Thank you, Mr. Chairman.
Across the world, abnormal weather conditions and natural disasters have become a part of everyday life. The underside of global economic growth is marked by the dark shadows of global warming and environmental degradation, which loom large as a catastrophic menace to humanity.
Climate change responses and sustainable development are for the survival and continuation of us, rather than me, and of the global community, not a specific country. They constitute investments for our children and grandchildren as well as a world where everyone can prosper together. Consequently, they are more urgent tasks than any other agenda items and should be implemented by all countries joining forces together.
In 2015, the international community adopted the Paris Agreement in a bid to jointly respond to climate change. Now, it is time to gather our strength to carry the Agreement out. I hope the 24th session of the Conference of the Parties to the United Nations Framework Convention on Climate Change will produce detailed implementation guidelines for the Paris Agreement in December.
Korea laid out an ambitious target of cutting greenhouse gas emissions by 37 percent by 2030 from its business-as-usual scenario. It has already begun carrying out its energy transition policy and has set its sights on increasing renewable energy’s share in the electricity generation mix to 20 percent by 2030. The country is phasing out aged coal-fired power plants accordingly and has started constructing a large-scale solar power generation complex and offshore wind energy farm in Saemangeum, reclaimed land along Korea’s west coast. The Government is also actively pushing for new energy-sector businesses based on clean energy technology and the transition to a hydrogen economy.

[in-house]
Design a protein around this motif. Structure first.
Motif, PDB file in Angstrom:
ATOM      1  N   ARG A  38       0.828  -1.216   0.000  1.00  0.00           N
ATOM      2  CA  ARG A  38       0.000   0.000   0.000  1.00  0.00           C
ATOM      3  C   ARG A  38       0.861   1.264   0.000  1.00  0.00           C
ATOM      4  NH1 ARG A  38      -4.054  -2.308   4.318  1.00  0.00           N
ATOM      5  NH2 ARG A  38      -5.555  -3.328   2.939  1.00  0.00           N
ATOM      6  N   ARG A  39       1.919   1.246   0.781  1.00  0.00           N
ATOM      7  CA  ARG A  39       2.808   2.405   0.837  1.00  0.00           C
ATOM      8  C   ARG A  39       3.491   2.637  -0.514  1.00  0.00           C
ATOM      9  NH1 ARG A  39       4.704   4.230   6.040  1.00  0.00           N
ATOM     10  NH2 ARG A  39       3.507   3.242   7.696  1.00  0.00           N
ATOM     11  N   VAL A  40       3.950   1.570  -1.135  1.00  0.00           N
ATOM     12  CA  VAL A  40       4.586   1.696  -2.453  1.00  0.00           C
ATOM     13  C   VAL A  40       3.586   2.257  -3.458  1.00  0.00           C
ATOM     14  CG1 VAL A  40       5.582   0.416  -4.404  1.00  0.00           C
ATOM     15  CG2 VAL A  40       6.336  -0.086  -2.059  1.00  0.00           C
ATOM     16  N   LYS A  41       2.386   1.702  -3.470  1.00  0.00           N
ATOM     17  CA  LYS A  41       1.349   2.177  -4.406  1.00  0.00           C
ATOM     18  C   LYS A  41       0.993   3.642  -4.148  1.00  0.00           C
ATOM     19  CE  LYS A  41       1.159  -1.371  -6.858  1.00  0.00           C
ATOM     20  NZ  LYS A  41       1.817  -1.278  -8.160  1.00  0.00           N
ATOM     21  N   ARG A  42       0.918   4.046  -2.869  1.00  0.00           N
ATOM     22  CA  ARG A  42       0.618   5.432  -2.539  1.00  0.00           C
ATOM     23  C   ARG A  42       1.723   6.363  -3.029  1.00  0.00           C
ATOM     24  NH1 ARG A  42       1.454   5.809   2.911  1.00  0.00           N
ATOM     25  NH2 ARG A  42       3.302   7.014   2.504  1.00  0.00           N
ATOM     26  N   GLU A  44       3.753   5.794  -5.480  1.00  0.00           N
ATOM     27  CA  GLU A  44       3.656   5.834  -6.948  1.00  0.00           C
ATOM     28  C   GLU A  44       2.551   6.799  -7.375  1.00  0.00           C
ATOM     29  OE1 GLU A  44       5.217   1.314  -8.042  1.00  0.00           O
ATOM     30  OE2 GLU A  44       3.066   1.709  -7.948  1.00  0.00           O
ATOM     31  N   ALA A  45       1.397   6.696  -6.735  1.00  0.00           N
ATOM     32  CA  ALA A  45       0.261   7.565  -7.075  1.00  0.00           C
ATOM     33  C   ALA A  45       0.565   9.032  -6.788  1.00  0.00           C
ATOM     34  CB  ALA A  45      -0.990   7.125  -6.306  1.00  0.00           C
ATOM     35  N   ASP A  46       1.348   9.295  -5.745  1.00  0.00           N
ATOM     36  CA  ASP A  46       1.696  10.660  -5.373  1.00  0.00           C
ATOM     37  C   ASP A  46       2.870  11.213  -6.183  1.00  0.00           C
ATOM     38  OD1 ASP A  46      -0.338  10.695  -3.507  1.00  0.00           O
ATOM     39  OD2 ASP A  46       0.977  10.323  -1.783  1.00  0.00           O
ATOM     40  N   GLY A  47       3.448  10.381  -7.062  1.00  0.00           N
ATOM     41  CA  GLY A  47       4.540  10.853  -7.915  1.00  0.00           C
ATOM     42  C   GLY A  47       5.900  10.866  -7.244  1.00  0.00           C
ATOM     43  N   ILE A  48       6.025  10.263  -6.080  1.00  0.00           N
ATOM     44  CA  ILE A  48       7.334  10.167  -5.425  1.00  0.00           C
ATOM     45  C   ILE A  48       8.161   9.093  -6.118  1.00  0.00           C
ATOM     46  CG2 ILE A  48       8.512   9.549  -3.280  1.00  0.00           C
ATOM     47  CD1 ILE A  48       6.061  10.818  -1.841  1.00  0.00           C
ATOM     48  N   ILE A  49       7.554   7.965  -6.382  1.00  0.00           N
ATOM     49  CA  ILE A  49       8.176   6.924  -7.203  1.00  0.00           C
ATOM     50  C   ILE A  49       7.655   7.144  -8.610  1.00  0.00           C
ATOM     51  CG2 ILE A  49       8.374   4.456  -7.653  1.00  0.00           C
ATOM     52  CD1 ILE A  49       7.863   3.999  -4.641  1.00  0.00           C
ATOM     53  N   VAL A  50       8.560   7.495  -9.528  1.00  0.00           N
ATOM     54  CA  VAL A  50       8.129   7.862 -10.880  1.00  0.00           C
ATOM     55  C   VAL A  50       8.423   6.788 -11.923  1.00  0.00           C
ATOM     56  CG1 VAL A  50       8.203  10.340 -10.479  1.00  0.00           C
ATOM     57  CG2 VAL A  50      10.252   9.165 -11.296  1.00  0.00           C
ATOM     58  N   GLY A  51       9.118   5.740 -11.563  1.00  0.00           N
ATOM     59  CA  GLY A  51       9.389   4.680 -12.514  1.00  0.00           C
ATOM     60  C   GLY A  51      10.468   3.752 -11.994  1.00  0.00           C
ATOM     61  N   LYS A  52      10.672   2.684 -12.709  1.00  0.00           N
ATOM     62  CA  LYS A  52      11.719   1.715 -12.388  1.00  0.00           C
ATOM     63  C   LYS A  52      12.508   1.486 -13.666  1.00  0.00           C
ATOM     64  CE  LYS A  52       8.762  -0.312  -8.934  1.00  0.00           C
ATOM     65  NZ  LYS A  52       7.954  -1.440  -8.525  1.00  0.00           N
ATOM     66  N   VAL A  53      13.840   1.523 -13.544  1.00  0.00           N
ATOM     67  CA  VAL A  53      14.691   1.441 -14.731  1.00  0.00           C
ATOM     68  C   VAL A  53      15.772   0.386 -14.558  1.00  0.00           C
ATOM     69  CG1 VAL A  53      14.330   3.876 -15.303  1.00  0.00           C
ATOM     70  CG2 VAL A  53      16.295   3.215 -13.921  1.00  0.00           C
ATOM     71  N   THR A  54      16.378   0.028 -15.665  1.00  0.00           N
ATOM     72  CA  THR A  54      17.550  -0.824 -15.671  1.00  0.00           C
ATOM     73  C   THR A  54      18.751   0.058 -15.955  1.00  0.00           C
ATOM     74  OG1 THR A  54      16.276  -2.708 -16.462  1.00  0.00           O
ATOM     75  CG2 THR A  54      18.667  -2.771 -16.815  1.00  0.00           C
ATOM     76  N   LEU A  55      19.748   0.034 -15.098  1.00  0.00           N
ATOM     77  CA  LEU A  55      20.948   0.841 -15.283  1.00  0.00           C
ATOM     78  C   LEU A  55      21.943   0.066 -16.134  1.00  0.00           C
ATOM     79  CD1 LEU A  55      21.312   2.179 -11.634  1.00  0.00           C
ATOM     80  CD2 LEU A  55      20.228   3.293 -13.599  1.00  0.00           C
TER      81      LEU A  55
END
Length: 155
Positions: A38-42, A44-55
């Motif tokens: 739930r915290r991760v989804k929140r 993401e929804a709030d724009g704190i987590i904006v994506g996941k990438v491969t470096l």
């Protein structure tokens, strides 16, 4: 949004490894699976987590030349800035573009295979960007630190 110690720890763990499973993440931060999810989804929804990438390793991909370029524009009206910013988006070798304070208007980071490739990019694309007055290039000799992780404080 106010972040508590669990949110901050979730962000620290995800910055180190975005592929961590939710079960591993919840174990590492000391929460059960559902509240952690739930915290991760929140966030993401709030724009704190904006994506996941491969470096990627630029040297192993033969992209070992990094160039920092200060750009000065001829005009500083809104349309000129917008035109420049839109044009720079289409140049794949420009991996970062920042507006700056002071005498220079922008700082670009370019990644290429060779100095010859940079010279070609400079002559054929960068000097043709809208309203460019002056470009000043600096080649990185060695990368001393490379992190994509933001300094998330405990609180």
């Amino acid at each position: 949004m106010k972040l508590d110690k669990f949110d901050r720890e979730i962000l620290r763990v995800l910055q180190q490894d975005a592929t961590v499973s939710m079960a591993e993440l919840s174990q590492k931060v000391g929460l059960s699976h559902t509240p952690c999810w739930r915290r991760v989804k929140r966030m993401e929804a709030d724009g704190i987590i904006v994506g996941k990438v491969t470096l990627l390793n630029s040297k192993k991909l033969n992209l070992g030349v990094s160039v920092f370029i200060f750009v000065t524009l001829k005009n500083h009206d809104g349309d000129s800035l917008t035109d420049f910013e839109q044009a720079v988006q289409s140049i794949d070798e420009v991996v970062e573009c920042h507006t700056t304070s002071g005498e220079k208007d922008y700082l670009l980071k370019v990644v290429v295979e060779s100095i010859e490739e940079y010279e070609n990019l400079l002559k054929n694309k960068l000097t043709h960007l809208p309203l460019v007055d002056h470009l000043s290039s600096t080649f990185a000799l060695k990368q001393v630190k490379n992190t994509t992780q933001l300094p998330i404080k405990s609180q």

I look forward to G20 member states playing a leading role to bring about active changes in the international community while striving to achieve their own goals.
At the Partnering for Green Growth and the Global Goals 2030 (P4G) Summit held in Denmark in October, I emphasized the significance of solidarity and inclusiveness between nations for overcoming environmental crises.
G20 nations account for 86 percent of global GDP and produce about 80 percent of the world's greenhouse gas emissions. With a much graver sense of responsibility, we must make active contributions to climate change responses.
In addition, assisting developing countries with capacity building to expand their participation is crucial to the success of these endeavors. Korea is playing a leading role in supporting them through the Global Green Growth Institute and the Green Climate Fund. I request G20 member states' active cooperation to ensure that projects are properly financed as promised and implemented as planned.
Launched in the wake of the global financial crisis, G20 began discussing development agenda at its 2010 Seoul Summit.
At the 2016 G20 Hangzhou Summit, the participating heads of state and government adopted the G20 Action Plan on the 2030 Agenda for Sustainable Development. During the Summit this time, the Buenos Aires Update was adopted to complement the Action Plan. It was agreed upon to bolster the functions of the Development Working Group and expand exchanges between related organizations and stakeholders. I expect that it will greatly assist G20 members in implementing the Agenda. Korea welcomes the adoption of the Update and will strive further to carry out the Sustainable Development Agenda.
The G20’s role is also very significant in helping the international community achieve the Sustainable Development Agenda by 2030. Most of all, securing finances to support developing nations is an urgent matter. In particular, special measures need to be worked out to expand the private sector’s participation and secure finances from it. I propose that G20 members make more active contributions in that regard.
To help developing nations fulfill the Agenda, efforts to share experience and knowhow are also necessary. I want to emphasize in particular the importance of inclusive cooperation that is mutually beneficial in the process.
Korea is encouraging joint participation by its Government and businesses and small and medium-sized enterprises in recipient countries when carrying out official development assistance and economic cooperation. It is focusing on raising the sustainability of development projects and helping aid-recipient countries foster industrial foundations and the ability to grow on their own.
Korea will continue to actively support the sustainable development of developing countries through various means.